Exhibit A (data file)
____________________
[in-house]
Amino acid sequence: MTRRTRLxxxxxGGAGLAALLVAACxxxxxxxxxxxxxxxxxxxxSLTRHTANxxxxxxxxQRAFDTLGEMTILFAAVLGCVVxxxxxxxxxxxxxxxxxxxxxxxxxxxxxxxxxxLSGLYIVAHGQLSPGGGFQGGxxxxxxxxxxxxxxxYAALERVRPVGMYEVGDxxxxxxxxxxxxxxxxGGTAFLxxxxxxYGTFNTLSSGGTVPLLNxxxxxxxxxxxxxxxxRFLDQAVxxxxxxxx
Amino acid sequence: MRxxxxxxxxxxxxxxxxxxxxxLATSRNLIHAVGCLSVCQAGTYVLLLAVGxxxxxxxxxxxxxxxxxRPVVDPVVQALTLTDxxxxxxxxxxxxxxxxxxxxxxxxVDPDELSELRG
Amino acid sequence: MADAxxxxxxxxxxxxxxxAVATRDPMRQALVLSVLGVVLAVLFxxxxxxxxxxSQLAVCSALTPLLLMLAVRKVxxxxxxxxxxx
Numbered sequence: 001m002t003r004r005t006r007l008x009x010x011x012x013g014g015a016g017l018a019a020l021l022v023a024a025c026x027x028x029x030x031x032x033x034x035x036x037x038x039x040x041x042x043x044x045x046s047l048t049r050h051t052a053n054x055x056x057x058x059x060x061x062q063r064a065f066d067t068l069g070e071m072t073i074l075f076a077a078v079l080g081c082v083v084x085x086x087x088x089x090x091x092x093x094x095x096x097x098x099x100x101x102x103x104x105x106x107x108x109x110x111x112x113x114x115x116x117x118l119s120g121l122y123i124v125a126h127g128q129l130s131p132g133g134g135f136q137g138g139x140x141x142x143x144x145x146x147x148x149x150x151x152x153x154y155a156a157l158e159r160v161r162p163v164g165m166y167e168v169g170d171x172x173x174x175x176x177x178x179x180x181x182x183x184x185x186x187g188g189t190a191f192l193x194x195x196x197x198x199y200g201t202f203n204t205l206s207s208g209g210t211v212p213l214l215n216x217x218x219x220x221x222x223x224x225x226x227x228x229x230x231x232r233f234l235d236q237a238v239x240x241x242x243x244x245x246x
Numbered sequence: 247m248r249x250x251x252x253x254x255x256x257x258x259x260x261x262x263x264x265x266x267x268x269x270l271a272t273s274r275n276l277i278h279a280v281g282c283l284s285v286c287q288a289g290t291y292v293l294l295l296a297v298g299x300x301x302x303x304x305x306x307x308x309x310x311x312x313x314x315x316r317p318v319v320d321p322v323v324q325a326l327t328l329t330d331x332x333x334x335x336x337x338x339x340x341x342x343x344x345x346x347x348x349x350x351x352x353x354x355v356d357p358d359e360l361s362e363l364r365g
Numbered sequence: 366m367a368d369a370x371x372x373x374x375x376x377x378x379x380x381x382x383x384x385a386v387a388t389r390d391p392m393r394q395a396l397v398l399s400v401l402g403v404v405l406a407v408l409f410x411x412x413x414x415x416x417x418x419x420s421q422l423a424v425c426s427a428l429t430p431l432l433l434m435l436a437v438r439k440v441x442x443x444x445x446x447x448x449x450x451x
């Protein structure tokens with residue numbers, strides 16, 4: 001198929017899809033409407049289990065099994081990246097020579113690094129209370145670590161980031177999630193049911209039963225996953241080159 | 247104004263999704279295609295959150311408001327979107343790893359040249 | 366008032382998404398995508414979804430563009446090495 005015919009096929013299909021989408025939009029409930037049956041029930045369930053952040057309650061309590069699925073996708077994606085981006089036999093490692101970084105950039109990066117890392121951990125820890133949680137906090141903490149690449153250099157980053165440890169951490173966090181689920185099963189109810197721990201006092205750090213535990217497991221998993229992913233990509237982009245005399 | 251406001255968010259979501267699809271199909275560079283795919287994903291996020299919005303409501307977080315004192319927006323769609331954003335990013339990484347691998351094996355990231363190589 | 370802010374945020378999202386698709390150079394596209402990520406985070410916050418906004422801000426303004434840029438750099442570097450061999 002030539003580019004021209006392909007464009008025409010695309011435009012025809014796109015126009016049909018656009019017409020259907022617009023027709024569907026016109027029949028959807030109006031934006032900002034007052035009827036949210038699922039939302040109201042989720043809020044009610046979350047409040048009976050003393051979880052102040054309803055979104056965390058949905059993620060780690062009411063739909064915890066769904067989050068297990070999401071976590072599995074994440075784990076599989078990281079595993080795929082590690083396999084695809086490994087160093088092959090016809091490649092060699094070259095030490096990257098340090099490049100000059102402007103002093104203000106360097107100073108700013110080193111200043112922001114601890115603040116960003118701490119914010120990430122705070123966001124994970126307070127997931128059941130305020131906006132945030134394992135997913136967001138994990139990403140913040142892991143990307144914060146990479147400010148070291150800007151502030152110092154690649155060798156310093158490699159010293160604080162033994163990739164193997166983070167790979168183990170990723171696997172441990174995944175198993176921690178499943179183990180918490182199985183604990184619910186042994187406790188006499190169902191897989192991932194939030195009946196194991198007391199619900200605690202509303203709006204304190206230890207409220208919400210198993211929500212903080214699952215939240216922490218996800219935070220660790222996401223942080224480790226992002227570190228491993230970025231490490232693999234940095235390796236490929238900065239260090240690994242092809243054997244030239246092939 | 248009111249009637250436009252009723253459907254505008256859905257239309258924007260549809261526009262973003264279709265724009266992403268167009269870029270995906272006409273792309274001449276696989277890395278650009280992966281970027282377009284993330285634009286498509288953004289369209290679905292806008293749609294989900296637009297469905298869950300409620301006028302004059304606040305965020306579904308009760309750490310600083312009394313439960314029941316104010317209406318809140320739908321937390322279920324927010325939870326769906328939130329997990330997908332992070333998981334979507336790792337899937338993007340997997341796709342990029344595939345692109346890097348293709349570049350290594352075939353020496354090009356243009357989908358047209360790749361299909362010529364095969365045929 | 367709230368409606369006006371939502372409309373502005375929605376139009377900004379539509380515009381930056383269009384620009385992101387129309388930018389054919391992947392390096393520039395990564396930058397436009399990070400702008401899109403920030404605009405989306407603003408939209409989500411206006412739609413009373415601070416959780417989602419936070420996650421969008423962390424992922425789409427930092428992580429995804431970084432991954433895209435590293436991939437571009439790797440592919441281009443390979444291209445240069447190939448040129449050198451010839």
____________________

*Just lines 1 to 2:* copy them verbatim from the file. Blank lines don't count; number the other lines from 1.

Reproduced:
[in-house]
Amino acid sequence: MTRRTRLxxxxxGGAGLAALLVAACxxxxxxxxxxxxxxxxxxxxSLTRHTANxxxxxxxxQRAFDTLGEMTILFAAVLGCVVxxxxxxxxxxxxxxxxxxxxxxxxxxxxxxxxxxLSGLYIVAHGQLSPGGGFQGGxxxxxxxxxxxxxxxYAALERVRPVGMYEVGDxxxxxxxxxxxxxxxxGGTAFLxxxxxxYGTFNTLSSGGTVPLLNxxxxxxxxxxxxxxxxRFLDQAVxxxxxxxx